Afghanistan Papers

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The Afghanistan Papers are a set of internal documents from the Special Inspector General for Afghanistan Reconstruction (SIGAR) obtained by The Washington Post through a Freedom of Information Act request that document the US war in Afghanistan.[1][2][3] The documents reveal that high-ranking officials were generally of the opinion that the war was unwinnable, but kept this hidden from the public.[1][4][5][6] NPR host Lulu Garcia-Navarro said that the "new Pentagon Papers describe explicit and sustained efforts by the US government to deliberately mislead the public.”[4]

Initial Washington Post reporting[edit]

The initial article derived from these papers, titled "At War With the Truth," was published by Washington Post reporter Craig Whitlock on December 9, 2019.[7] Shortly thereafter, numerous publications built on Whitlock's writing.

Reactions of public officials[edit]

Due to the nature of the content within the Afghanistan Papers, numerous public officials commented on their content in the days following Whitlock's initial article. The following offer a sampling from across the political spectrum:

Senator Rand Paul: "I think our young men and women that we send to war, our best and our brightest, they deserve better. They deserve an open airing of what is the mission. I've been saying for several years now that I can't meet a general anywhere who can tell me really what is the mission we're trying to accomplish in Afghanistan."[8]

Senator Kirsten Gillibrand: "We all read today, the striking reporting by The Washington Post, suggesting that administration officials, potentially including military officials, have misled the American public about the war in Afghanistan. I am writing to request hearings to address these deeply concerning revelations about the Afghan war.”[9]

Representative Tulsi Gabbard said she introduces legislation for a Congressional inquiry into "the lying and wasting of taxpayer dollars" and lives of US service members. She accused the military-industrial complex, contractors and consultancy companies of profiting from "a scam that ripped the US taxpayers off over a trillion dollars since 9/11 in Afghanistan alone." Gabbard reiterated her request to bring US troops home from Afghanistan.[10][11]

Former Vice President Joe Biden distanced himself from Barack Obama's Afghan war policy, saying: "I’m the guy from the beginning who argued that it was a big, big mistake to surge forces to Afghanistan."[12]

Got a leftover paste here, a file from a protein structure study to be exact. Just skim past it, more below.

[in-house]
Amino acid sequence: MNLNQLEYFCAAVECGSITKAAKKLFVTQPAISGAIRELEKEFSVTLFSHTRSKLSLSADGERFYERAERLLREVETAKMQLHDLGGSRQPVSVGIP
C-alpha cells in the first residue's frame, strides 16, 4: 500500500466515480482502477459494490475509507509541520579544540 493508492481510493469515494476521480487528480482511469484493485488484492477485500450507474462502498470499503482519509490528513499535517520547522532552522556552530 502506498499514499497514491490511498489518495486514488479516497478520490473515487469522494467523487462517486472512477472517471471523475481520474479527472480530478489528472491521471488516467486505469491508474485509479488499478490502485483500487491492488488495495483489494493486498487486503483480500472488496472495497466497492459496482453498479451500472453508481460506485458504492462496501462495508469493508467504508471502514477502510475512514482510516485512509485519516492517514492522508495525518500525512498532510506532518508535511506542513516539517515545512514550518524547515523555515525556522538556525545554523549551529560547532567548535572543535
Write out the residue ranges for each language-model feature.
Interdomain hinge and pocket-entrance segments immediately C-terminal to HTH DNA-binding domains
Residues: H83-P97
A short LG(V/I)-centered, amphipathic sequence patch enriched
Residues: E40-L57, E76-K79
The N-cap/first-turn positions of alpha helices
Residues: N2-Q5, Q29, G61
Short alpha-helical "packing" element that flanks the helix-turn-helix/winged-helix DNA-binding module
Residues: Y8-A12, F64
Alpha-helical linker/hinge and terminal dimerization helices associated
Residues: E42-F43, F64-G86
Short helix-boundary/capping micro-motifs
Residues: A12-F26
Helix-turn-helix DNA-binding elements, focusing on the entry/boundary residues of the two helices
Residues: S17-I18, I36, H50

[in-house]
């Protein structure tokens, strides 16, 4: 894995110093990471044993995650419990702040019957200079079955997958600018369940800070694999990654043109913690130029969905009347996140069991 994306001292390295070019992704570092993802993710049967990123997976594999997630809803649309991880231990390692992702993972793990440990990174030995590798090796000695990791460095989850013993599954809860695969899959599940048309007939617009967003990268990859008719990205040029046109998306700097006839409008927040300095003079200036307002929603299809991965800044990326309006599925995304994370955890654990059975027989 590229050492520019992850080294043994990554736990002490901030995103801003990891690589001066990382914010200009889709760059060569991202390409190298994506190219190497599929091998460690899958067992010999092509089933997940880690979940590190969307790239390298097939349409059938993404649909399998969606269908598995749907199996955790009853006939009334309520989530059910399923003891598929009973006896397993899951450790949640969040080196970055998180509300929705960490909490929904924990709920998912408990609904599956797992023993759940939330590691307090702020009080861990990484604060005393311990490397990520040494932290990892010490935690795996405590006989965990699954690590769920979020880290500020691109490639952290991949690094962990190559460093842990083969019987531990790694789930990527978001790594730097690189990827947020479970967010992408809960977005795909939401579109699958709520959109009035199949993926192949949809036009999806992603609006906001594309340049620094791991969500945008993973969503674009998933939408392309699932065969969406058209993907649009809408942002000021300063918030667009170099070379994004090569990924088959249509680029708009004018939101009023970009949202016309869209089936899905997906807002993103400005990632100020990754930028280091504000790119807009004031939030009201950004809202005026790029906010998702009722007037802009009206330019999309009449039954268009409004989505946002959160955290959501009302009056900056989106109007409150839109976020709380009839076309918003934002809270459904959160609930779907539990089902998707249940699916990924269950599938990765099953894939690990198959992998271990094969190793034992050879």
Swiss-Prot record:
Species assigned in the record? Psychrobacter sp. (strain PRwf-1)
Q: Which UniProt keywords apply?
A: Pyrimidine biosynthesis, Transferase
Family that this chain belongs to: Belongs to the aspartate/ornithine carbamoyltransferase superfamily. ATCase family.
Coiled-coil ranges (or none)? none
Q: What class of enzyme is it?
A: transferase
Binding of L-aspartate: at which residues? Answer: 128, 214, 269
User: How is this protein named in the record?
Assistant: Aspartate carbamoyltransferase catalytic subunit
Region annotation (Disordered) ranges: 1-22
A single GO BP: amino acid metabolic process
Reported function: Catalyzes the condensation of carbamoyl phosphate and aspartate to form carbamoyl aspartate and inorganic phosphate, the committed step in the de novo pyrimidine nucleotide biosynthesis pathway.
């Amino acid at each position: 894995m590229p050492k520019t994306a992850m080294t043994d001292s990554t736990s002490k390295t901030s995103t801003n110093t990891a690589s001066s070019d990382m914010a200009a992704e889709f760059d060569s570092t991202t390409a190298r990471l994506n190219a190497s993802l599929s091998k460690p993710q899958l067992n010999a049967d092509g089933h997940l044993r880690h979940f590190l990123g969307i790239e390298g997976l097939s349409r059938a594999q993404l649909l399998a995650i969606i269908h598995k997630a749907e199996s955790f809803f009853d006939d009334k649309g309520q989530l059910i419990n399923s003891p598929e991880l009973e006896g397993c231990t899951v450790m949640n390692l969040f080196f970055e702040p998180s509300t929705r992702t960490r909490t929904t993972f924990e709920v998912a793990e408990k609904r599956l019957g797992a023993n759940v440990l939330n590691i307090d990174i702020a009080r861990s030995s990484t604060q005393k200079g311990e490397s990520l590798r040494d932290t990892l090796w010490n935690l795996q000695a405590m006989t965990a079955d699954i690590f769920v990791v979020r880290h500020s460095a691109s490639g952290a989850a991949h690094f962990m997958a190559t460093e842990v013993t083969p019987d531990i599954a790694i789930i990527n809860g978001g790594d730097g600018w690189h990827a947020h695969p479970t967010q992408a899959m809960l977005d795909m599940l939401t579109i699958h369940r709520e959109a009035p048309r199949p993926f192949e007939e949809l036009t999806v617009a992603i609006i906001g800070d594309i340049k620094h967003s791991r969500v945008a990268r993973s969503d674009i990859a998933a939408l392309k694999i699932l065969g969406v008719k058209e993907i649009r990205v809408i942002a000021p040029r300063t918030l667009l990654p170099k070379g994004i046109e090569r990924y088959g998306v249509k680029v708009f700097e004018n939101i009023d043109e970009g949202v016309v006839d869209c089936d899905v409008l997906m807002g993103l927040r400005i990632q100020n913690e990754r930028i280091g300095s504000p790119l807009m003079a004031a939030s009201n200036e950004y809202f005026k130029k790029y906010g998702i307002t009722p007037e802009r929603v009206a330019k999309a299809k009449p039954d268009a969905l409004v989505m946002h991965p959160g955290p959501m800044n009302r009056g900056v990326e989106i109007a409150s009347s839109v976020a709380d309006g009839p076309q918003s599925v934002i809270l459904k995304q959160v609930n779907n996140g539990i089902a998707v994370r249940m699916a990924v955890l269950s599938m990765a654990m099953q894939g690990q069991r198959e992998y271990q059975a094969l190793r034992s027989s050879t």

See also[edit]

References[edit]

  1. ^ a b Craig Whitlock (December 9, 2019). "Confidential documents reveal U.S. officials failed to tell the truth about the war in Afghanistan". Washington Post. Retrieved 2019-12-10.
  2. ^ Myers, Meghann (2019-12-09). "Senior enlisted leaders react to Afghanistan papers: 'I've never been lied to'". Military Times. Retrieved 2019-12-10.
  3. ^ Palmer, Anna; Sherman, Jake. "POLITICO Playbook: America's longest war finally has its Pentagon Papers moment". POLITICO. Retrieved 2019-12-10.
  4. ^ a b Beaumont, Peter (2019-12-09). "Afghanistan papers reveal US public were misled about unwinnable war". The Guardian. ISSN 0261-3077. Retrieved 2019-12-10.
  5. ^ Peter Beaumont (December 9, 2019). "US lies and deception spelled out in Afghanistan papers' shocking detail". The Guardian. Retrieved December 11, 2019.
  6. ^ Ryan Pickrell (December 9, 2019). "Top US officials knew the Afghanistan war was unwinnable and 'lied' — even as costs rose to $1 trillion and 2,351 American troop's lives". Business Insider. Retrieved December 11, 2019.
  7. ^ Craig Whitlock (December 9, 2019). "At War With the Truth". Washington Post. Retrieved December 12, 2019.
  8. ^ Victor Garcia (December 9, 2019). "Sen. Rand Paul reacts to bombshell Afghanistan report, says service members 'deserve better'". Fox News. Retrieved December 12, 2019.
  9. ^ Ellen Mitchell (December 9, 2019). "Gillibrand demands hearing following release of 'Afghanistan Papers'". The Hill. Retrieved December 12, 2019.
  10. ^ Enjeti, Saagar; Ball, Krystal (December 10, 2019). "Tulsi Gabbard reacts to Afghanistan report, calls out Pete's McKinsey work". The Hill – via YouTube.
  11. ^ Bonn, Tess (December 10, 2019). "Gabbard calls for congressional inquiry over Afghanistan war report". The Hill.
  12. ^ "Joe Biden reacts to the Afghanistan papers". PBS SoCal. December 19, 2019.